Meet Our Candidates: Ken Clark for State Representative, LD 24

The Arizona primary election will be held on August 30, 2016. Reproductive health care access has been under attack, both nationally and statewide, but Planned Parenthood Advocates of Arizona has endorsed candidates who have shown strong commitment to reproductive justice. To acquaint you with our endorsed candidates, we are running a series called “Meet Our Candidates.” In order to vote in the primary election, you must register to vote by August 1 — and can even register online. Make your voice heard in 2016!

Our candidate interviews usually focus on Planned Parenthood’s core concerns, like reproductive health, sex education, and reproductive choice. This interview is an exception. Rep. Clark was interviewed in 2014 on these issues, and has been an ally during his term in the House, where he represents Central Phoenix’s Legislative District 24.


“There are enough people in this state that if 5,000 people collected one petition, we’d get this done.”


Recently, however, he has been instrumental in trying to repeal a law passed at the end of this session, SB 1516, that makes it easier for dark money to influence our elections. Dark money is money used by groups like nonprofit organizations, corporations, or labor unions for political purposes. At issue is whether and how such groups have to reveal the sources of their funds. Instead of writing a separate piece on dark money, we decided to use today’s installment of our Meet Our Candidates series to shine a light on the issue. Planned Parenthood believes in the importance of fair and clean elections that accurately represent the will of the people.

You can learn more about dark money at Stop Corruption Now. Rep. Clark generously took the time to answer our questions via telephone on July 5, 2016.

When I moved to Arizona 20 years ago, I was impressed with the way elections here were run, especially that candidates could use public monies to finance their campaigns, for a more equal playing field. So I’ve been very disturbed by attacks on the system in recent years, including SB 1516, which was passed at the end of this legislative session and signed into law without much discussion. Can you tell us what this law does that is so damaging to our elections?

Senate Bill 1516 completely wipes out our previous campaign finance statute, and replaces it with something that will allow people to hide money in our political system, and in doing so, threaten politicians and blackmail them to get them to do what they want. So it’s an unprecedented change, and it doesn’t matter what issue you care the most about — if this law stays in place, your issue will be affected, because you will no longer have a Legislature that acts based on the merits of the law; with this law in place, it will act based on who has the most money and who is threatening whom. Continue reading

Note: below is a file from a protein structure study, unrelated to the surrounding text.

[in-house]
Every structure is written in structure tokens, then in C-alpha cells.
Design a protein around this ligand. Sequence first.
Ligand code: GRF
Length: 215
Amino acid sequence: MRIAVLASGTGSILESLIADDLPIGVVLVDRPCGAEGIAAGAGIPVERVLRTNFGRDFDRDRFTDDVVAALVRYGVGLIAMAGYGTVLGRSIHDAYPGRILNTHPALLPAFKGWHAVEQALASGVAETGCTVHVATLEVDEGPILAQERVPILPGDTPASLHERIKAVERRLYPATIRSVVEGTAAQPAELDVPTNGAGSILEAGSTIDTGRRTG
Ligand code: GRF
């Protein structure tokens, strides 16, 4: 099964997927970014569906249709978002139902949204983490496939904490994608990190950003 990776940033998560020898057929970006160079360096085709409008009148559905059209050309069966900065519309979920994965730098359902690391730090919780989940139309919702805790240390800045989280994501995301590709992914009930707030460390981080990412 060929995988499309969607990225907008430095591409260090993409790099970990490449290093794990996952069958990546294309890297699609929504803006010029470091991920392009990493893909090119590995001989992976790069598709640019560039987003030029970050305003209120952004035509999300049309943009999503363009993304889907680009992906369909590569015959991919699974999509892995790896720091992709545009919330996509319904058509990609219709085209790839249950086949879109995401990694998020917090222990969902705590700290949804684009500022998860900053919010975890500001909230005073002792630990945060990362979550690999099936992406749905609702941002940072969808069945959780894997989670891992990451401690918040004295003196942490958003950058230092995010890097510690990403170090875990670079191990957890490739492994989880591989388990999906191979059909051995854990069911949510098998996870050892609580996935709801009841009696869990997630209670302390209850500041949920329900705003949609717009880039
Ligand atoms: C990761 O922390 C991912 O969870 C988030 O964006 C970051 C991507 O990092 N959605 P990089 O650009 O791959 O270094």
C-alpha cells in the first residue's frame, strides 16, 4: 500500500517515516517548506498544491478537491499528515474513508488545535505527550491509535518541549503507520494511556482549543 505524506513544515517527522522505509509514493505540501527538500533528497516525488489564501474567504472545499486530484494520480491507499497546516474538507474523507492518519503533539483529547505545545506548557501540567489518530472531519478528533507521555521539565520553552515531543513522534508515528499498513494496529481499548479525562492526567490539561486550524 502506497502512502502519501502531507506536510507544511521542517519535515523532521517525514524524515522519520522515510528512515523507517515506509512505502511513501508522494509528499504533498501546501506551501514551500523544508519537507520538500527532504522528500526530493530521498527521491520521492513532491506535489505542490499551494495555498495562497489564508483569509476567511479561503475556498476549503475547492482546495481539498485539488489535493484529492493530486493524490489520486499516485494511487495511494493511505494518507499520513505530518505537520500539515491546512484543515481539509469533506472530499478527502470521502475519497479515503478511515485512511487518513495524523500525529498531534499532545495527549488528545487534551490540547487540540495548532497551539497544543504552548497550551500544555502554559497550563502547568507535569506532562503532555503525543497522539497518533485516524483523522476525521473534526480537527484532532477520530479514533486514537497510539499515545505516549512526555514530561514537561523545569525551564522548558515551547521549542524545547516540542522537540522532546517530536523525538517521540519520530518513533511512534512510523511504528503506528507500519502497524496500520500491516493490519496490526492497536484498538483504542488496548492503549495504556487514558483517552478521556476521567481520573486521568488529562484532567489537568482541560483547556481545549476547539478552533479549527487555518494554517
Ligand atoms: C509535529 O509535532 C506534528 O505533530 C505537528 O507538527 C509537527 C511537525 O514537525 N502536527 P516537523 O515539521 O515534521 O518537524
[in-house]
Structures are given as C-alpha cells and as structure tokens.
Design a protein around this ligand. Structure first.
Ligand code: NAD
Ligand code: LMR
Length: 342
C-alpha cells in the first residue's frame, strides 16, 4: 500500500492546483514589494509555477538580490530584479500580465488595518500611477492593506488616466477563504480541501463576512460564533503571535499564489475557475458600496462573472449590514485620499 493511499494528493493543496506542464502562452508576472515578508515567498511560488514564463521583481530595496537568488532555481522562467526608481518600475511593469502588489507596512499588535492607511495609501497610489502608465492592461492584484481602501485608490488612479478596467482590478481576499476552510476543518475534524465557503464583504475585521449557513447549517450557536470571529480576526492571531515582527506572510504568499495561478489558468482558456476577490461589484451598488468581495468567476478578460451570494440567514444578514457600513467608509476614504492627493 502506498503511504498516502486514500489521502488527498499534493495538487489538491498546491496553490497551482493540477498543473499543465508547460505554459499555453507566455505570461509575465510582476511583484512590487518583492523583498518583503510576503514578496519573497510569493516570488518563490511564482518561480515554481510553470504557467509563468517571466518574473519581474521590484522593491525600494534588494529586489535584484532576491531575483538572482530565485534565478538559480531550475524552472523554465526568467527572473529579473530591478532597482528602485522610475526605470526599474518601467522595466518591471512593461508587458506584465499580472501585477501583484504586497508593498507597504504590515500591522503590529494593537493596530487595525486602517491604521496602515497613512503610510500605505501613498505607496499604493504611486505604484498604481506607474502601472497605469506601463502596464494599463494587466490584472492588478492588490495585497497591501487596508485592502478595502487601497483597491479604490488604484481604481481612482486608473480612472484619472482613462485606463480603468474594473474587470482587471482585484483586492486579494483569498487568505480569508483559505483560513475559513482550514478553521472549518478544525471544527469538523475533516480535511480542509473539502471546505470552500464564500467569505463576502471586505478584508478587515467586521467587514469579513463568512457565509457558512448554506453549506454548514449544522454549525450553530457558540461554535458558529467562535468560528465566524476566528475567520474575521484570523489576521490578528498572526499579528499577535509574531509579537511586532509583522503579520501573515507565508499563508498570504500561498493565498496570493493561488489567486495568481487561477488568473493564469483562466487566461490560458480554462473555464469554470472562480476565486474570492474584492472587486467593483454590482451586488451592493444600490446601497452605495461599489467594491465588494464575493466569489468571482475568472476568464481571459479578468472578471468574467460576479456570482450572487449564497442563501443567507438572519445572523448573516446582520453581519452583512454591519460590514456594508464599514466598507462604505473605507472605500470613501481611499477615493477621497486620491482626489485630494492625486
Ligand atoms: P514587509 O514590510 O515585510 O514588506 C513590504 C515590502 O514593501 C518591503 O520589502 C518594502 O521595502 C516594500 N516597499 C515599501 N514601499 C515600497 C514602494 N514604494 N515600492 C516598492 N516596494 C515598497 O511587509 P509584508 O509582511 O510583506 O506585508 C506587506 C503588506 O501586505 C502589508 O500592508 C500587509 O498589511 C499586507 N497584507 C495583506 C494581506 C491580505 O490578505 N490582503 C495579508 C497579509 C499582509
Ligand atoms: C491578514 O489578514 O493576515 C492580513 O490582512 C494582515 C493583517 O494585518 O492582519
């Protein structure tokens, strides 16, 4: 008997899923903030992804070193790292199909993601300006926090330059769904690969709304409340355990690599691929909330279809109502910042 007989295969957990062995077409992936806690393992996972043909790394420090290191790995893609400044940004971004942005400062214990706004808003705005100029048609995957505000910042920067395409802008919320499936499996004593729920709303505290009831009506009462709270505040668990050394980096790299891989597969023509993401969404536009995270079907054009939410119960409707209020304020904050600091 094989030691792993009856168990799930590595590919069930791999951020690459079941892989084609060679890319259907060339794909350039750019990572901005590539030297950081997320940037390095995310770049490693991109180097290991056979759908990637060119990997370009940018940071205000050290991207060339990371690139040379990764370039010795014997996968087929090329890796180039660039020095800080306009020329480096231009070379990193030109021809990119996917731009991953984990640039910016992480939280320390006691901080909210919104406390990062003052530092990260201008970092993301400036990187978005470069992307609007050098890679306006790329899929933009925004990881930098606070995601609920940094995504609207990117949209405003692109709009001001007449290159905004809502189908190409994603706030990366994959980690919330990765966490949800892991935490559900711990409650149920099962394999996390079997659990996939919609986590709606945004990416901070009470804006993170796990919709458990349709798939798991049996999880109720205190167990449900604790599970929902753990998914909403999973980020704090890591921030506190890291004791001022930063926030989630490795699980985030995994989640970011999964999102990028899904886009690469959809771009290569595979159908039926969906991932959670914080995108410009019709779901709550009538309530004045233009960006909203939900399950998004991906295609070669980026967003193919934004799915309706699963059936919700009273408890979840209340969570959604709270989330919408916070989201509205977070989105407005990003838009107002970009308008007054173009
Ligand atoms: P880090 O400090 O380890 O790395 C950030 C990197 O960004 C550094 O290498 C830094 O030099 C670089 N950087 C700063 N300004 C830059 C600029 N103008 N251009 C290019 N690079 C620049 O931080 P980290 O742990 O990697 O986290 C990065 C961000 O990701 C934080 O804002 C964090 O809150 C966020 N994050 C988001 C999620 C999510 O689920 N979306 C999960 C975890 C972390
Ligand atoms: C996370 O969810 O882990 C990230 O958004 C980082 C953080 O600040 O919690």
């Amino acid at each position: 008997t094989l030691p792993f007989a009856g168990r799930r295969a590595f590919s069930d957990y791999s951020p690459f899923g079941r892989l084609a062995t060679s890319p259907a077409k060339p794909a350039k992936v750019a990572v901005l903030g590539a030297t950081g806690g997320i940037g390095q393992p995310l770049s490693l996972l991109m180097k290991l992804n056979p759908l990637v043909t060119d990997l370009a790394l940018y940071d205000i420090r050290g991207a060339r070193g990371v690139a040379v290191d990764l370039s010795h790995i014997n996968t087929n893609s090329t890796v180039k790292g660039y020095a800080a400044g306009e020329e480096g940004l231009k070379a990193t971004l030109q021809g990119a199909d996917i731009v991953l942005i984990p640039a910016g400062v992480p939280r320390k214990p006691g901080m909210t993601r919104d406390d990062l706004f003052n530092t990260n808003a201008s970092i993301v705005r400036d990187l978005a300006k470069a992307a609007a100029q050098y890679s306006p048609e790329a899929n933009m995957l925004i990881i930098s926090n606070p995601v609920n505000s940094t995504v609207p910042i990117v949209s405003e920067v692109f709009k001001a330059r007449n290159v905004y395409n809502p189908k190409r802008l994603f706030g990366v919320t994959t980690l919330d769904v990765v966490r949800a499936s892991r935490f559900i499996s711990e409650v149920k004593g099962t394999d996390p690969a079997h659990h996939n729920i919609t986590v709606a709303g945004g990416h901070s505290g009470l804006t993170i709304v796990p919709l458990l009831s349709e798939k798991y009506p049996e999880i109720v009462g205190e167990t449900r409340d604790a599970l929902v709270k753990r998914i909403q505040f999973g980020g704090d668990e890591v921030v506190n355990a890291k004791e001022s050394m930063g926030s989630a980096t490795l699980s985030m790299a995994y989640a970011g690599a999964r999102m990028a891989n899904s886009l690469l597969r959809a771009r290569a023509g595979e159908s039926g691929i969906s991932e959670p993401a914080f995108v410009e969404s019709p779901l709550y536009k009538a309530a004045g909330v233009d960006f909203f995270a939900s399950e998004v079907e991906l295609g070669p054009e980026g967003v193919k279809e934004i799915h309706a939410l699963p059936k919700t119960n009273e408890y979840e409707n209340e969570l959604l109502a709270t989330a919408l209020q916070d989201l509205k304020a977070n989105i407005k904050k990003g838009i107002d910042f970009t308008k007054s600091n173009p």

Meet Our Candidates: Ken Clark for State Representative, LD 24

The Arizona primary election will be held on August 26, 2014. Reproductive health care access has been under attack, both nationally and statewide, but Planned Parenthood Advocates of Arizona has endorsed candidates who have shown strong commitment to reproductive justice. To acquaint you with our endorsed candidates, we are running a series called “Meet Our Candidates.” In order to vote in the primaries, you must register to vote by July 28 — and can even register online. Make your voice heard in 2014!

A longtime Arizona resident with previous legislative experience, Ken Clark seeks to represent Legislative District 24, located in Central Phoenix, in the Arizona House of Representatives. In addition to receiving Planned Parenthood Advocates of Arizona’s endorsement, Mr. Clark has made economic development, sustainability, and LGBTQ rights prominent issues in his campaign.

Mr. Clark graciously took the time for an interview on July 16, 2014.


“The constant and intentional confusion about science in order to win a political or moral debate is reprehensible.”


Tell us a little about your background.

I moved to Arizona in 1982, as an Air Force dependent. As a child in Southern Arizona, I learned to value the natural beauty of the state, as well as the need to protect the environment.

We moved to Germany in 1985, where I attended high school, followed by my undergraduate studies at Northern Arizona University. I completed my master’s degree at the American University in Washington, D.C., and I spent about two years after that in Sarajevo, where I produced radio programming all over Bosnia.

I returned to Arizona in 1998 and pledged to stay here, where I could work for positive change.

I ran for office and won in 2002, and served in the legislature for one term.

I chose not to run again in 2004, and was asked by Gov. Napolitano to direct the State Energy Office.

After directing that office for about a year and a half, I worked on several political campaigns. I reported to Kyrsten Sinema as the manager of the 2006 Arizona Together campaign [which successfully opposed an anti-marriage equality ballot initiative].  Continue reading